Passport rules to U.S. could change again
MONTREAL — If you think recent American legislation delaying strict new land and maritime border identification rules until 2009 means you can put off getting a new passport, think again.
The wording in the agreement passed by U.S. Congress last week gives Canadian land and sea travellers until June 1, 2009 to obtain a passport or an equivalent, tamper proof document.
But the legislation also says if the U.S. government agencies spearheading the Western Hemisphere Travel Initiative have completed their work, the rules can be adopted sooner.
“Sooner is a date we can’t predict right now,” U.S. consul general Mary B. Marshall said during a meeting with journalists Friday in Montreal.
Both the U.S. State and Homeland Security departments are on schedule to complete their work on the initiative by the original intended launch date, Jan. 1, 2008. And Congressional Republicans are publicly urging the Bush administration to go ahead as planned.
“Do not sit tight and wait for June 1, 2009,” Marshall warned. “I don’t want people to think they have an may not.”
All U.S. authorities would have to do is give three-months warning, Marshall said, so Canadians need to be prepared for it.
All Canadians and Americans entering the U.S. via air transport will require passports beginning Jan. 8.
The date was changed by a week to offer some leeway to travellers returning from Christmas holidays.
The U.S. plan will allow travellers using and sea borders to enter using a passport passport-like document.
When the reprieve was announced last week, Foreign Affairs Minister Peter MacKay said it would give Ottawa time to develop new technology to match U.S. developments.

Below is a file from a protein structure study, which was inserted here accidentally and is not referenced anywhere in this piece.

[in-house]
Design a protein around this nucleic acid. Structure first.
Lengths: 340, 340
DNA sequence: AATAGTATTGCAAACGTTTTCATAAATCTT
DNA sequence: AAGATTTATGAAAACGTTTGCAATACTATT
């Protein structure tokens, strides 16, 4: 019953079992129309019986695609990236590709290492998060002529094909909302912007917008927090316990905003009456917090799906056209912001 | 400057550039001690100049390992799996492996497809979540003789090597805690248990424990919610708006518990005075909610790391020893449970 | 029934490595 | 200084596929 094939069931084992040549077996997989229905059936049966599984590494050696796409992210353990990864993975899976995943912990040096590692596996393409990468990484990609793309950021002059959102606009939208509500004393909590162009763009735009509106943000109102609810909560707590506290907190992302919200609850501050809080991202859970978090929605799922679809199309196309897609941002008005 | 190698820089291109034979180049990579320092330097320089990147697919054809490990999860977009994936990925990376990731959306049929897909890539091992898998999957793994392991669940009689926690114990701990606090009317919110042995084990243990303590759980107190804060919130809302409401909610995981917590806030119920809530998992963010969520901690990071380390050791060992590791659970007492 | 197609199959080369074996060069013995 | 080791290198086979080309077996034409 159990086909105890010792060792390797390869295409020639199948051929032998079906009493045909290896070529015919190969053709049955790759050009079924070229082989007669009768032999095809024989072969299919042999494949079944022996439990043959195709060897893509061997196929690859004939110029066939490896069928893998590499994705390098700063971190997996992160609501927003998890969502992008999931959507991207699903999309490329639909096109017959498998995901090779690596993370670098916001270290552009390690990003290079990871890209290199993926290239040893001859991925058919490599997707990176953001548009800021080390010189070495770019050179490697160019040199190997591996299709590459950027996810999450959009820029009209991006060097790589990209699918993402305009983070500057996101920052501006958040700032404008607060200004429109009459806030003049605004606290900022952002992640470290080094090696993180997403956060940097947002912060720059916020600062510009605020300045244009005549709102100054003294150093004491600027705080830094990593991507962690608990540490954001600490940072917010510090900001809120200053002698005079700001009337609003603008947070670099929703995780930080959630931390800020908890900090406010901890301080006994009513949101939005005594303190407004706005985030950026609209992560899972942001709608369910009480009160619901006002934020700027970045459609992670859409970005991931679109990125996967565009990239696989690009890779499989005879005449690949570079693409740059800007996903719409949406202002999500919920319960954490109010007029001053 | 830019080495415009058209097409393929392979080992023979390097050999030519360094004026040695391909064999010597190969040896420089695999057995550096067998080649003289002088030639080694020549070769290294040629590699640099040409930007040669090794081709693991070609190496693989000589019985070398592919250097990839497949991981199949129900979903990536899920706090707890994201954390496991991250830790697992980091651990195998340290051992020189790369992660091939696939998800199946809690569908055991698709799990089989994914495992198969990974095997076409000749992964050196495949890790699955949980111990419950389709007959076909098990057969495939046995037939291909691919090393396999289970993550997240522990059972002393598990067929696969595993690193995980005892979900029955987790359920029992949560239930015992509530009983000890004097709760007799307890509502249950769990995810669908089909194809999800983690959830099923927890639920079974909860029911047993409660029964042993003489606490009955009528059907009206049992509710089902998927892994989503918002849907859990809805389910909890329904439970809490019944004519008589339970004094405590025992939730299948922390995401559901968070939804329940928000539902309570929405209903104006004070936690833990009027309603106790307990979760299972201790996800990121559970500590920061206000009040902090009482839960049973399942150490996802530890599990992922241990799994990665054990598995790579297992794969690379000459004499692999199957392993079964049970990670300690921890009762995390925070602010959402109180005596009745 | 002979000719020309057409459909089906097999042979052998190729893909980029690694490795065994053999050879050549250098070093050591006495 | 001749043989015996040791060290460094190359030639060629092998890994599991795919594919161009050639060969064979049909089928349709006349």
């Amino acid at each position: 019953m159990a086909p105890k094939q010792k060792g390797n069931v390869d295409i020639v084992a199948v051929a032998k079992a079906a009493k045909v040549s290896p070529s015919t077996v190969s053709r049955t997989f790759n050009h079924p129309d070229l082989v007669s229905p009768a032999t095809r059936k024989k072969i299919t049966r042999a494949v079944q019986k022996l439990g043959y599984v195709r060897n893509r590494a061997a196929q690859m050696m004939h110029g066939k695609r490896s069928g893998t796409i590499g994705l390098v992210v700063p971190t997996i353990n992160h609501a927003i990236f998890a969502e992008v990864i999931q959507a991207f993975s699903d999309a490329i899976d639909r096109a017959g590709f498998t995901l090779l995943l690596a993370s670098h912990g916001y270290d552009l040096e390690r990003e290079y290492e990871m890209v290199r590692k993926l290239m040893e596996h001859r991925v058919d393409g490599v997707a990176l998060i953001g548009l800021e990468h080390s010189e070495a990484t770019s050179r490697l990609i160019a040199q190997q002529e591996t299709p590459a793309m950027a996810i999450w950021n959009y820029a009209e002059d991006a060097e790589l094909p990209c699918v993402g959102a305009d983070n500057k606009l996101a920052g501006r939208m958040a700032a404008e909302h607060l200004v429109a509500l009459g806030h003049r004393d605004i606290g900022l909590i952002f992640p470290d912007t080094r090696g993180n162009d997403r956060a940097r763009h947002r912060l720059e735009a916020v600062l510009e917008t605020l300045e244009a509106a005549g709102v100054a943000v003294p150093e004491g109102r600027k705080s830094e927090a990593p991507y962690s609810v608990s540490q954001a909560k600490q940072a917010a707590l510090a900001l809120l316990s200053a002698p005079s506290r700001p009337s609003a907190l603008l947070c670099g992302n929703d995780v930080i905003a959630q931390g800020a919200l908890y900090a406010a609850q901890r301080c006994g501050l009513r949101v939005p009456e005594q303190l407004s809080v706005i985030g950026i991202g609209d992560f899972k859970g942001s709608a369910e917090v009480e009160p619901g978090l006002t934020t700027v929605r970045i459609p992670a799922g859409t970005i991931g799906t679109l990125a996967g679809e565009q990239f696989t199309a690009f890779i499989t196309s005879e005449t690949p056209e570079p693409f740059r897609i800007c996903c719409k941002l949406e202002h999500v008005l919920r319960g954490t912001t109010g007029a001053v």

Marshall downplayed the economic and travel problems some detractors have said will follow the implementation of the program.
“The whole point of this is to facilitate travel, so I think it will actually speed up travel,” Marshall said.
Recognizing that some Americans will only ever go to Canada, the U.S. is developing a pass-
extra 18 months when
fact they land or a port card, which will include all the information in a passport but fit in a wallet.
The technology should be ready whenever the Western Hemisphere Travel Initiative is set to go.
Those who have a Nexus card will be spared having to use a passport. A Nexus card allows those crossing the U.S. border to bypass regular customs and immigration questioning using a dedicated reserve lane.
In addition, the new U.S. passport will include an embedded computer chip with an image of the front page of the passport to prevent any document doctoring.
“It’s to battle the most common kind of passport fraud, which is photo substitution,” said deputy consul general Gary Sheaffer.
U.S. officials will be able to scan the passports. Eventually, agents from other countries will as well.
Last year, the United States authorities issued 12.1 million passports, compared to just seven million in 2003. There are 70 million American passports in circulation, compared to 35 million just a decade ago.